A public hearing into the federal government’s controversial anti-discrimination legislation saw LGBTI rights advocates and Christian charities state their grievances with the bill in NSW last week.
The Senate Legal and Constitutional Affairs Committee, chaired by Labor Senator Trish Crossin and Liberal Senator Gary Humphries at state Parliament House last Thursday, also saw testimony from Aboriginal and Torres Strait Islander bodies, legal experts and civil liberties groups
Speakers faced questions from eight federal Senators including the Shadow Attorney-General George Brandis, openly gay Labor Senator Louise Pratt and Greens Senator Penny Wright.
Representatives from the NSW Gay and Lesbian Rights Lobby (GLRL) and Organisation Intersex International Australia (OII), who pushed for the removal of religious exemptions and a recognition of intersex people in the legislation, met with a frosty reception from Liberal senators.
Liberal Senator Scott Ryan said the removal of the exemptions, which allow religious bodies to discriminate in their hiring practices, could lead to a “slippery slope” ending in regulating what Christian schools teach their students. Ryan asked GLRL co-convenor Dr Justin Koonin if he would “be back in five years” to that end.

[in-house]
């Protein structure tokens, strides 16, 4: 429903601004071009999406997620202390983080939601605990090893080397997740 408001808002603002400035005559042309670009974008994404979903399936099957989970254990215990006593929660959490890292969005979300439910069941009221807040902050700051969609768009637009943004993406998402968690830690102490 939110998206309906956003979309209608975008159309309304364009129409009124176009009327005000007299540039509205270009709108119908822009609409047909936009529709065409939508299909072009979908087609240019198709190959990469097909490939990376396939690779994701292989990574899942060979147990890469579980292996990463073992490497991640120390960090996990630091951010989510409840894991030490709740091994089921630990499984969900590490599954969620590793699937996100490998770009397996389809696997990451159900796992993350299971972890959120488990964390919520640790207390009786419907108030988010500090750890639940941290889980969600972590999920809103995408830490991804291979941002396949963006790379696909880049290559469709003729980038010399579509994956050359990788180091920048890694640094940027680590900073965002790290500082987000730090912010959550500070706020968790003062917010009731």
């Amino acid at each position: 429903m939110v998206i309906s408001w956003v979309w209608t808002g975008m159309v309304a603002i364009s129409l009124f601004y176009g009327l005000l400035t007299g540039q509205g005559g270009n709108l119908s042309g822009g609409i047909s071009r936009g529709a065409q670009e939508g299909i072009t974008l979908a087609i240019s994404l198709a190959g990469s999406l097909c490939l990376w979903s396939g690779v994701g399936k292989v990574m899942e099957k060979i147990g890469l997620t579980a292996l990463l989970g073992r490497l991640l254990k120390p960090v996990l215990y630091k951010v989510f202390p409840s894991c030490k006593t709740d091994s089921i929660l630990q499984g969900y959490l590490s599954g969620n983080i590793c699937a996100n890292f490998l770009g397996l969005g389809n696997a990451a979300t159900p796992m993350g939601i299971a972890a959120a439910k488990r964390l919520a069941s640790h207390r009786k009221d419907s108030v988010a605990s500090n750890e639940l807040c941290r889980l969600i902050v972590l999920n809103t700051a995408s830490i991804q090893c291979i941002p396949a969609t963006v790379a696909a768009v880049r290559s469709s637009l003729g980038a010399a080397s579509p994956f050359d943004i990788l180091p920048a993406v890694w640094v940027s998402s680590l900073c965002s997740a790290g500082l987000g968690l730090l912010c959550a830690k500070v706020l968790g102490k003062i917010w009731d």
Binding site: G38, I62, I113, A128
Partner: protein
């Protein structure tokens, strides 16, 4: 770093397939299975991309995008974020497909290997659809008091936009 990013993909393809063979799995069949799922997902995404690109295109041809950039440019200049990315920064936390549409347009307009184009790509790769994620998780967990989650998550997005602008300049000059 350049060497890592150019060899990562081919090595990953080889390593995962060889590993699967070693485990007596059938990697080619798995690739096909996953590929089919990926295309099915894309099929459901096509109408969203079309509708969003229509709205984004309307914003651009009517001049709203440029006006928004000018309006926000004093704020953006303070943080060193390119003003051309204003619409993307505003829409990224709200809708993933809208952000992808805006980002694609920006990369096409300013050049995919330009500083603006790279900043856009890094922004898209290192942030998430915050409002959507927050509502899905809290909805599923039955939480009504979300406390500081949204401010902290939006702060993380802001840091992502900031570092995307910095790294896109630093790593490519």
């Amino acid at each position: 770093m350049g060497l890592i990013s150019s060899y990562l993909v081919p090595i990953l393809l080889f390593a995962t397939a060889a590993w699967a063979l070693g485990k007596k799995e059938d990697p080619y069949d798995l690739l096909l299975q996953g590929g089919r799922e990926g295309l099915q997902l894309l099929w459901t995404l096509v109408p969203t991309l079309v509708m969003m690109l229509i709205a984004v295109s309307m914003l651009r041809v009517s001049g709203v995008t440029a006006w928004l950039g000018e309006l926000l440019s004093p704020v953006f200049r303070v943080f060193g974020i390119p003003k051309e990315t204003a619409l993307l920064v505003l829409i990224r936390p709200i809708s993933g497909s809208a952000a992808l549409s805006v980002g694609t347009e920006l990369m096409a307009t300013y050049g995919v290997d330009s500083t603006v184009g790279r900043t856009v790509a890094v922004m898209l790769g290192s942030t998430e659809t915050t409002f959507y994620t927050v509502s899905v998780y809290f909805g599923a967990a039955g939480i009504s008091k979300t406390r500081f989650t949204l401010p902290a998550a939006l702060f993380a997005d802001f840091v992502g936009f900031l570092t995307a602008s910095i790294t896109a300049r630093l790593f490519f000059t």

Koonin said Ryan’s inquiry detracted from the debate.
“We were there to focus on issues that have a demonstrable effect on LGBTI people now, not worry about some hypothetical in 20 or 30 years time,” he said.
OII Australia president Gina Wilson said that while overall OII was satisfied with the hearing, the views of some senators were cause for concern.
“I was somewhat surprised at the energy devoted to religious exemptions. Senator Brandis said that their removal might lead teachers to ‘proselytise’ their beliefs in the classroom, which ignores that teachers are bound to teach the curriculum,” Wilson said.
Brandis took exception to Wilson’s claim that discriminating against intersex people for their physical or biological characteristics was no different to discriminating on the basis of skin colour. During the speaking time given to the LGBTI representatives Brandis repeatedly left the room for long periods.
Representatives of Christian aged-care provider Hammondcare expressed their opposition to changes that would compel nursing homes to accept elderly LGBTI people and couples, but when questioned said they would not refuse Commonwealth funding if the law passed.
In its original submission to the inquiry, Hammondcare argued the changes “may force some faith-based providers to decline Commonwealth subsidies” or “withdraw from the sector altogether”.
The Committee will report its findings in February.